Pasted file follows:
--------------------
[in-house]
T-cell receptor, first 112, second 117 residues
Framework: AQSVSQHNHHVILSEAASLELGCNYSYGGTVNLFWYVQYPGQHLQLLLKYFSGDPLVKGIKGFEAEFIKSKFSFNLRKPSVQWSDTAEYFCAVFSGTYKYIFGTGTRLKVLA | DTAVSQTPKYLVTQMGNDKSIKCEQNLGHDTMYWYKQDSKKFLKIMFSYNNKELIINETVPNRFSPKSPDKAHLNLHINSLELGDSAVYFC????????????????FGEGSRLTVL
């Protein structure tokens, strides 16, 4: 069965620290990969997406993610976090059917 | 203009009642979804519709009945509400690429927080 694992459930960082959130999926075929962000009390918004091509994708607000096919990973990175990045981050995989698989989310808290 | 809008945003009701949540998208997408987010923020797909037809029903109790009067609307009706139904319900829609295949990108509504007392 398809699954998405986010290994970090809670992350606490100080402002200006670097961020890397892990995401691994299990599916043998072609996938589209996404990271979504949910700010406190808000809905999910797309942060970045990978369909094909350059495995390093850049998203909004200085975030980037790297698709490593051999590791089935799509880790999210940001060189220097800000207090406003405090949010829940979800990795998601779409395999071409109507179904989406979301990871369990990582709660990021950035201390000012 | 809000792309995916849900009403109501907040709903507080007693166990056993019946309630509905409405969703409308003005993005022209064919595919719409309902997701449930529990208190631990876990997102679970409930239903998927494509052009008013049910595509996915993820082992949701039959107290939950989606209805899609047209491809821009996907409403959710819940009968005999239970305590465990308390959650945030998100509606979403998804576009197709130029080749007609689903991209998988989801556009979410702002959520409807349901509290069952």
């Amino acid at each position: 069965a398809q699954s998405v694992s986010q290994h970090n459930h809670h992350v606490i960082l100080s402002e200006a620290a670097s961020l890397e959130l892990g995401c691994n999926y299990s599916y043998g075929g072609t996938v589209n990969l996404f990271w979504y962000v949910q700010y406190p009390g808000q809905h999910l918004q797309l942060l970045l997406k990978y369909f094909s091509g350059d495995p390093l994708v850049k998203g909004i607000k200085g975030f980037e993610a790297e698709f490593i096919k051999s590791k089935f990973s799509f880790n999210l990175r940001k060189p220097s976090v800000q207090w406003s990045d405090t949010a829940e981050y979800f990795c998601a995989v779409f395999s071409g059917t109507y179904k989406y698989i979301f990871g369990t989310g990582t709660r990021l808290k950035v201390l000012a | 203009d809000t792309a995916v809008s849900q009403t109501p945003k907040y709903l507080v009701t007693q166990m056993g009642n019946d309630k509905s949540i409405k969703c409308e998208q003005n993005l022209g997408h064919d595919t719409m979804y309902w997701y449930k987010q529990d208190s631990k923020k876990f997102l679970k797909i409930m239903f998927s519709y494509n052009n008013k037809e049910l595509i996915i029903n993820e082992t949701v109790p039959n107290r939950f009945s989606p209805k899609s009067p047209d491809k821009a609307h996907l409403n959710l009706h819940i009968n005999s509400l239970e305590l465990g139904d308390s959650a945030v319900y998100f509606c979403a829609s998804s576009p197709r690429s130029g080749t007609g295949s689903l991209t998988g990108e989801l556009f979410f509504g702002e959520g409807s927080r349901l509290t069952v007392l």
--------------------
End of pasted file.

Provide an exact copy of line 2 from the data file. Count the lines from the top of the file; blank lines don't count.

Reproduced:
T-cell receptor, first 112, second 117 residues